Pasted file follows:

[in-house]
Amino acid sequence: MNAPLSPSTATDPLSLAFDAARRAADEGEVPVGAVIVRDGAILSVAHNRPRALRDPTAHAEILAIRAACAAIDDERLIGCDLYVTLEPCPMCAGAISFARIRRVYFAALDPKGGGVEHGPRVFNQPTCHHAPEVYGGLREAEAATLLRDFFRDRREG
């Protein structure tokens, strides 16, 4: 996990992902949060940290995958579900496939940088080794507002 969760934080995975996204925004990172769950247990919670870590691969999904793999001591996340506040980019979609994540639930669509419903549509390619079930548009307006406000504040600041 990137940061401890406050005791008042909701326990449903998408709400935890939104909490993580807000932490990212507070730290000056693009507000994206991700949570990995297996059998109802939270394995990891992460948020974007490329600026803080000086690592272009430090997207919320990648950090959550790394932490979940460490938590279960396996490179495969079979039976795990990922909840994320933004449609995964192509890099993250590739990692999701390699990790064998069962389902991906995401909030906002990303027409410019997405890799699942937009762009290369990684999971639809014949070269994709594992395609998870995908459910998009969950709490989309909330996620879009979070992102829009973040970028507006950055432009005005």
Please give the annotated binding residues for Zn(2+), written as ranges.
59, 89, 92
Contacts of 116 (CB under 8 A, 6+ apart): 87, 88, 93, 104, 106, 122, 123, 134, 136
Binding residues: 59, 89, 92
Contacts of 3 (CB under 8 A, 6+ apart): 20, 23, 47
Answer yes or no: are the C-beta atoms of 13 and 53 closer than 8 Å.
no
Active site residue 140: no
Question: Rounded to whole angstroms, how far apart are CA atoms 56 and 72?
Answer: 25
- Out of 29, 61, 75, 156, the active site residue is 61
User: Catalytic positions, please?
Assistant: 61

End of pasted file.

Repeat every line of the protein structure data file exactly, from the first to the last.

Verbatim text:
[in-house]
Amino acid sequence: MNAPLSPSTATDPLSLAFDAARRAADEGEVPVGAVIVRDGAILSVAHNRPRALRDPTAHAEILAIRAACAAIDDERLIGCDLYVTLEPCPMCAGAISFARIRRVYFAALDPKGGGVEHGPRVFNQPTCHHAPEVYGGLREAEAATLLRDFFRDRREG
């Protein structure tokens, strides 16, 4: 996990992902949060940290995958579900496939940088080794507002 969760934080995975996204925004990172769950247990919670870590691969999904793999001591996340506040980019979609994540639930669509419903549509390619079930548009307006406000504040600041 990137940061401890406050005791008042909701326990449903998408709400935890939104909490993580807000932490990212507070730290000056693009507000994206991700949570990995297996059998109802939270394995990891992460948020974007490329600026803080000086690592272009430090997207919320990648950090959550790394932490979940460490938590279960396996490179495969079979039976795990990922909840994320933004449609995964192509890099993250590739990692999701390699990790064998069962389902991906995401909030906002990303027409410019997405890799699942937009762009290369990684999971639809014949070269994709594992395609998870995908459910998009969950709490989309909330996620879009979070992102829009973040970028507006950055432009005005």
Please give the annotated binding residues for Zn(2+), written as ranges.
59, 89, 92
Contacts of 116 (CB under 8 A, 6+ apart): 87, 88, 93, 104, 106, 122, 123, 134, 136
Binding residues: 59, 89, 92
Contacts of 3 (CB under 8 A, 6+ apart): 20, 23, 47
Answer yes or no: are the C-beta atoms of 13 and 53 closer than 8 Å.
no
Active site residue 140: no
Question: Rounded to whole angstroms, how far apart are CA atoms 56 and 72?
Answer: 25
- Out of 29, 61, 75, 156, the active site residue is 61
User: Catalytic positions, please?
Assistant: 61